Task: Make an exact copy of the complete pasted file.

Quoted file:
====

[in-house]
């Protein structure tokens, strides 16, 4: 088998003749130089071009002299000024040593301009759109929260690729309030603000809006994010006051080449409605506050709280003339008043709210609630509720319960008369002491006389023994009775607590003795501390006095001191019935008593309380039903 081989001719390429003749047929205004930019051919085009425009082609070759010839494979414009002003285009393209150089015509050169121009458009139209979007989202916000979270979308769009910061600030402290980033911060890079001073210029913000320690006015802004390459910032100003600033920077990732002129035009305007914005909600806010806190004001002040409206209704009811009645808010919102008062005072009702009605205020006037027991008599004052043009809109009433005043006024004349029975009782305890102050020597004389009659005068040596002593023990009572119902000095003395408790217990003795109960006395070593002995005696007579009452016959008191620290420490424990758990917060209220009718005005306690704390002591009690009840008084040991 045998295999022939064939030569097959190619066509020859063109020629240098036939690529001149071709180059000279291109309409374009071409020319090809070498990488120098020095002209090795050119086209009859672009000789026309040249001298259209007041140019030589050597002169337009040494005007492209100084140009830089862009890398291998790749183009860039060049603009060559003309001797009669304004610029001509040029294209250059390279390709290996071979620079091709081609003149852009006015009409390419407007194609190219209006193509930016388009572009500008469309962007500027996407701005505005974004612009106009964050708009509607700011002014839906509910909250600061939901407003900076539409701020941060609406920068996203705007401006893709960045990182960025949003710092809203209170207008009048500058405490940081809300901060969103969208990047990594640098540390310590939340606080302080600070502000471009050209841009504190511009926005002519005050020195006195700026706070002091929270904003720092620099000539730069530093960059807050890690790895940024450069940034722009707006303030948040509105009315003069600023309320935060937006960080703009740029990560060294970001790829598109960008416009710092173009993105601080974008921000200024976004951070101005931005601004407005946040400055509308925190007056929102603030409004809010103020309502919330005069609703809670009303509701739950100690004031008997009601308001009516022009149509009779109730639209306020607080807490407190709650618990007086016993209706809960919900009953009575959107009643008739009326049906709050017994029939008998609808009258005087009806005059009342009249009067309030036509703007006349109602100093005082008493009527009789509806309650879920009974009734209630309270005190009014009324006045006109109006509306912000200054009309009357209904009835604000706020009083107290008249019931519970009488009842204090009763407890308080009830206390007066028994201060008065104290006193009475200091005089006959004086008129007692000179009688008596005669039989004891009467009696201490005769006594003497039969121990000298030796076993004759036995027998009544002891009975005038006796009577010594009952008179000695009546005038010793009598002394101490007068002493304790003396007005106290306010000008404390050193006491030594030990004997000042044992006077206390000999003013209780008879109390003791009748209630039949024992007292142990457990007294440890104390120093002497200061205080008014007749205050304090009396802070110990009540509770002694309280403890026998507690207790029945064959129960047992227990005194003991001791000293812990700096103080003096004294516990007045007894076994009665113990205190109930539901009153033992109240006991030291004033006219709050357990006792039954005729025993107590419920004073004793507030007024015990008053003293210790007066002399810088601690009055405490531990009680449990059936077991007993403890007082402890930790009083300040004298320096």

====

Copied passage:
[in-house]
């Protein structure tokens, strides 16, 4: 088998003749130089071009002299000024040593301009759109929260690729309030603000809006994010006051080449409605506050709280003339008043709210609630509720319960008369002491006389023994009775607590003795501390006095001191019935008593309380039903 081989001719390429003749047929205004930019051919085009425009082609070759010839494979414009002003285009393209150089015509050169121009458009139209979007989202916000979270979308769009910061600030402290980033911060890079001073210029913000320690006015802004390459910032100003600033920077990732002129035009305007914005909600806010806190004001002040409206209704009811009645808010919102008062005072009702009605205020006037027991008599004052043009809109009433005043006024004349029975009782305890102050020597004389009659005068040596002593023990009572119902000095003395408790217990003795109960006395070593002995005696007579009452016959008191620290420490424990758990917060209220009718005005306690704390002591009690009840008084040991 045998295999022939064939030569097959190619066509020859063109020629240098036939690529001149071709180059000279291109309409374009071409020319090809070498990488120098020095002209090795050119086209009859672009000789026309040249001298259209007041140019030589050597002169337009040494005007492209100084140009830089862009890398291998790749183009860039060049603009060559003309001797009669304004610029001509040029294209250059390279390709290996071979620079091709081609003149852009006015009409390419407007194609190219209006193509930016388009572009500008469309962007500027996407701005505005974004612009106009964050708009509607700011002014839906509910909250600061939901407003900076539409701020941060609406920068996203705007401006893709960045990182960025949003710092809203209170207008009048500058405490940081809300901060969103969208990047990594640098540390310590939340606080302080600070502000471009050209841009504190511009926005002519005050020195006195700026706070002091929270904003720092620099000539730069530093960059807050890690790895940024450069940034722009707006303030948040509105009315003069600023309320935060937006960080703009740029990560060294970001790829598109960008416009710092173009993105601080974008921000200024976004951070101005931005601004407005946040400055509308925190007056929102603030409004809010103020309502919330005069609703809670009303509701739950100690004031008997009601308001009516022009149509009779109730639209306020607080807490407190709650618990007086016993209706809960919900009953009575959107009643008739009326049906709050017994029939008998609808009258005087009806005059009342009249009067309030036509703007006349109602100093005082008493009527009789509806309650879920009974009734209630309270005190009014009324006045006109109006509306912000200054009309009357209904009835604000706020009083107290008249019931519970009488009842204090009763407890308080009830206390007066028994201060008065104290006193009475200091005089006959004086008129007692000179009688008596005669039989004891009467009696201490005769006594003497039969121990000298030796076993004759036995027998009544002891009975005038006796009577010594009952008179000695009546005038010793009598002394101490007068002493304790003396007005106290306010000008404390050193006491030594030990004997000042044992006077206390000999003013209780008879109390003791009748209630039949024992007292142990457990007294440890104390120093002497200061205080008014007749205050304090009396802070110990009540509770002694309280403890026998507690207790029945064959129960047992227990005194003991001791000293812990700096103080003096004294516990007045007894076994009665113990205190109930539901009153033992109240006991030291004033006219709050357990006792039954005729025993107590419920004073004793507030007024015990008053003293210790007066002399810088601690009055405490531990009680449990059936077991007993403890007082402890930790009083300040004298320096």